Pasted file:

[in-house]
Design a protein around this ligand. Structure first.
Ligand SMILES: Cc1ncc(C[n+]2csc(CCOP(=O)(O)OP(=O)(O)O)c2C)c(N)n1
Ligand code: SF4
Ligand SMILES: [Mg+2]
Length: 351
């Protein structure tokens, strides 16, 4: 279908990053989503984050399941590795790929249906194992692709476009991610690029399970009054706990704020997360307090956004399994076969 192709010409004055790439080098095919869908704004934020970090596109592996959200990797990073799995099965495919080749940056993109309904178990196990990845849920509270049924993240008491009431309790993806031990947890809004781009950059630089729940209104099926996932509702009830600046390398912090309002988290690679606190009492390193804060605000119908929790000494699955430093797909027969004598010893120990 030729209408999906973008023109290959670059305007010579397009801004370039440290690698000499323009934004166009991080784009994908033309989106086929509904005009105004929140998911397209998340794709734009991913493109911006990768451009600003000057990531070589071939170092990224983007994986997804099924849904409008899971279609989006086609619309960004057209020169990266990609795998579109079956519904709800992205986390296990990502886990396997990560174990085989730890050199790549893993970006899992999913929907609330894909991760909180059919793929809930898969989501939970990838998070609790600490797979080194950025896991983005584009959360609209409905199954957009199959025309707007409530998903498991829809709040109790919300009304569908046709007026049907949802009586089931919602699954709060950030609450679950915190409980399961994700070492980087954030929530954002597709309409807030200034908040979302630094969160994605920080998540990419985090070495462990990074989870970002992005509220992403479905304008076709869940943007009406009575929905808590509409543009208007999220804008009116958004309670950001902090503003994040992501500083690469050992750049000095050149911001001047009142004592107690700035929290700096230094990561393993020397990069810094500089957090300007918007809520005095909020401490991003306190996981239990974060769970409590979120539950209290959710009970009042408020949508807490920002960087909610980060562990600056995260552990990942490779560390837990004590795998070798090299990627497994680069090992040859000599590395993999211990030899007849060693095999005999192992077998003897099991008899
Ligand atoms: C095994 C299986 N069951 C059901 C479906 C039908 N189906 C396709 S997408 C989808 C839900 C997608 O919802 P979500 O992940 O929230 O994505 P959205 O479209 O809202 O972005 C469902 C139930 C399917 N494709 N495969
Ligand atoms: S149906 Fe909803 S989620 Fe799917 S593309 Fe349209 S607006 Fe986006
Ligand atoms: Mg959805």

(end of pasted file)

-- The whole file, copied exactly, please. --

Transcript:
[in-house]
Design a protein around this ligand. Structure first.
Ligand SMILES: Cc1ncc(C[n+]2csc(CCOP(=O)(O)OP(=O)(O)O)c2C)c(N)n1
Ligand code: SF4
Ligand SMILES: [Mg+2]
Length: 351
């Protein structure tokens, strides 16, 4: 279908990053989503984050399941590795790929249906194992692709476009991610690029399970009054706990704020997360307090956004399994076969 192709010409004055790439080098095919869908704004934020970090596109592996959200990797990073799995099965495919080749940056993109309904178990196990990845849920509270049924993240008491009431309790993806031990947890809004781009950059630089729940209104099926996932509702009830600046390398912090309002988290690679606190009492390193804060605000119908929790000494699955430093797909027969004598010893120990 030729209408999906973008023109290959670059305007010579397009801004370039440290690698000499323009934004166009991080784009994908033309989106086929509904005009105004929140998911397209998340794709734009991913493109911006990768451009600003000057990531070589071939170092990224983007994986997804099924849904409008899971279609989006086609619309960004057209020169990266990609795998579109079956519904709800992205986390296990990502886990396997990560174990085989730890050199790549893993970006899992999913929907609330894909991760909180059919793929809930898969989501939970990838998070609790600490797979080194950025896991983005584009959360609209409905199954957009199959025309707007409530998903498991829809709040109790919300009304569908046709007026049907949802009586089931919602699954709060950030609450679950915190409980399961994700070492980087954030929530954002597709309409807030200034908040979302630094969160994605920080998540990419985090070495462990990074989870970002992005509220992403479905304008076709869940943007009406009575929905808590509409543009208007999220804008009116958004309670950001902090503003994040992501500083690469050992750049000095050149911001001047009142004592107690700035929290700096230094990561393993020397990069810094500089957090300007918007809520005095909020401490991003306190996981239990974060769970409590979120539950209290959710009970009042408020949508807490920002960087909610980060562990600056995260552990990942490779560390837990004590795998070798090299990627497994680069090992040859000599590395993999211990030899007849060693095999005999192992077998003897099991008899
Ligand atoms: C095994 C299986 N069951 C059901 C479906 C039908 N189906 C396709 S997408 C989808 C839900 C997608 O919802 P979500 O992940 O929230 O994505 P959205 O479209 O809202 O972005 C469902 C139930 C399917 N494709 N495969
Ligand atoms: S149906 Fe909803 S989620 Fe799917 S593309 Fe349209 S607006 Fe986006
Ligand atoms: Mg959805």